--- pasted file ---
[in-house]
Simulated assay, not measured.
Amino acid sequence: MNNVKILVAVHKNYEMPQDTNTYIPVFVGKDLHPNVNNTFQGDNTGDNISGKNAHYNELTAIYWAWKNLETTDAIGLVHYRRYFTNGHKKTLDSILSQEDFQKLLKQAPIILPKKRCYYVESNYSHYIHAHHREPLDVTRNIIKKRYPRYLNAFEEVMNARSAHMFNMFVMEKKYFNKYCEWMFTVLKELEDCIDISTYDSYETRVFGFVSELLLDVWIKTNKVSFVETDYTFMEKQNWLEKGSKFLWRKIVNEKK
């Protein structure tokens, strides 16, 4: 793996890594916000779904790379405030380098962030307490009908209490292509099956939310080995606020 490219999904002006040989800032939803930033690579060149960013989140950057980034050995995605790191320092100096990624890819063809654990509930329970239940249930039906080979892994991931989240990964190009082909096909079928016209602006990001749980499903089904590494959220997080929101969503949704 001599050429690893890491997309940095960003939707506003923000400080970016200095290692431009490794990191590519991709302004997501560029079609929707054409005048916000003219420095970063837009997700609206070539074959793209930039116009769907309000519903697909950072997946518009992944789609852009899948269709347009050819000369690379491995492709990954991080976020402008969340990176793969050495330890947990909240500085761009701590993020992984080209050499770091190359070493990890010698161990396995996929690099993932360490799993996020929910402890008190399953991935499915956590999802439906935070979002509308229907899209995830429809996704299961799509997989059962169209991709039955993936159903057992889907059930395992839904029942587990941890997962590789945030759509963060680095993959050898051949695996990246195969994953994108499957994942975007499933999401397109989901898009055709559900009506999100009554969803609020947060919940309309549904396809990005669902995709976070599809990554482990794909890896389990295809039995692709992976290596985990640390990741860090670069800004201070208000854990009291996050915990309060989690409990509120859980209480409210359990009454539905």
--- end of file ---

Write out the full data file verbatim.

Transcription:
[in-house]
Simulated assay, not measured.
Amino acid sequence: MNNVKILVAVHKNYEMPQDTNTYIPVFVGKDLHPNVNNTFQGDNTGDNISGKNAHYNELTAIYWAWKNLETTDAIGLVHYRRYFTNGHKKTLDSILSQEDFQKLLKQAPIILPKKRCYYVESNYSHYIHAHHREPLDVTRNIIKKRYPRYLNAFEEVMNARSAHMFNMFVMEKKYFNKYCEWMFTVLKELEDCIDISTYDSYETRVFGFVSELLLDVWIKTNKVSFVETDYTFMEKQNWLEKGSKFLWRKIVNEKK
């Protein structure tokens, strides 16, 4: 793996890594916000779904790379405030380098962030307490009908209490292509099956939310080995606020 490219999904002006040989800032939803930033690579060149960013989140950057980034050995995605790191320092100096990624890819063809654990509930329970239940249930039906080979892994991931989240990964190009082909096909079928016209602006990001749980499903089904590494959220997080929101969503949704 001599050429690893890491997309940095960003939707506003923000400080970016200095290692431009490794990191590519991709302004997501560029079609929707054409005048916000003219420095970063837009997700609206070539074959793209930039116009769907309000519903697909950072997946518009992944789609852009899948269709347009050819000369690379491995492709990954991080976020402008969340990176793969050495330890947990909240500085761009701590993020992984080209050499770091190359070493990890010698161990396995996929690099993932360490799993996020929910402890008190399953991935499915956590999802439906935070979002509308229907899209995830429809996704299961799509997989059962169209991709039955993936159903057992889907059930395992839904029942587990941890997962590789945030759509963060680095993959050898051949695996990246195969994953994108499957994942975007499933999401397109989901898009055709559900009506999100009554969803609020947060919940309309549904396809990005669902995709976070599809990554482990794909890896389990295809039995692709992976290596985990640390990741860090670069800004201070208000854990009291996050915990309060989690409990509120859980209480409210359990009454539905």